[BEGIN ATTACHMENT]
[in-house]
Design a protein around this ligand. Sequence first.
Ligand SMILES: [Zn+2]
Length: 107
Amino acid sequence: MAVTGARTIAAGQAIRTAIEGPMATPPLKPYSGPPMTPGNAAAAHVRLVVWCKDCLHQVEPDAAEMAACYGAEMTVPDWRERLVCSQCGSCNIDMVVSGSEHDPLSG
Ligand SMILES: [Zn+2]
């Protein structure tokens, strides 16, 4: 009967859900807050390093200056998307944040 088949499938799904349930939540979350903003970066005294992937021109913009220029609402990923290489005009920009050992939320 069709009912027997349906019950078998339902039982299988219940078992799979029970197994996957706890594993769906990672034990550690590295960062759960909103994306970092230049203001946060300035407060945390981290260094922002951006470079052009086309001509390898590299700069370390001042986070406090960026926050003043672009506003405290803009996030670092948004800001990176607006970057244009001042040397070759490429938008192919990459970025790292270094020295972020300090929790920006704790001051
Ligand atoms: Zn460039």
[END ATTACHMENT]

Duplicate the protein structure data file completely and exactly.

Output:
[in-house]
Design a protein around this ligand. Sequence first.
Ligand SMILES: [Zn+2]
Length: 107
Amino acid sequence: MAVTGARTIAAGQAIRTAIEGPMATPPLKPYSGPPMTPGNAAAAHVRLVVWCKDCLHQVEPDAAEMAACYGAEMTVPDWRERLVCSQCGSCNIDMVVSGSEHDPLSG
Ligand SMILES: [Zn+2]
């Protein structure tokens, strides 16, 4: 009967859900807050390093200056998307944040 088949499938799904349930939540979350903003970066005294992937021109913009220029609402990923290489005009920009050992939320 069709009912027997349906019950078998339902039982299988219940078992799979029970197994996957706890594993769906990672034990550690590295960062759960909103994306970092230049203001946060300035407060945390981290260094922002951006470079052009086309001509390898590299700069370390001042986070406090960026926050003043672009506003405290803009996030670092948004800001990176607006970057244009001042040397070759490429938008192919990459970025790292270094020295972020300090929790920006704790001051
Ligand atoms: Zn460039």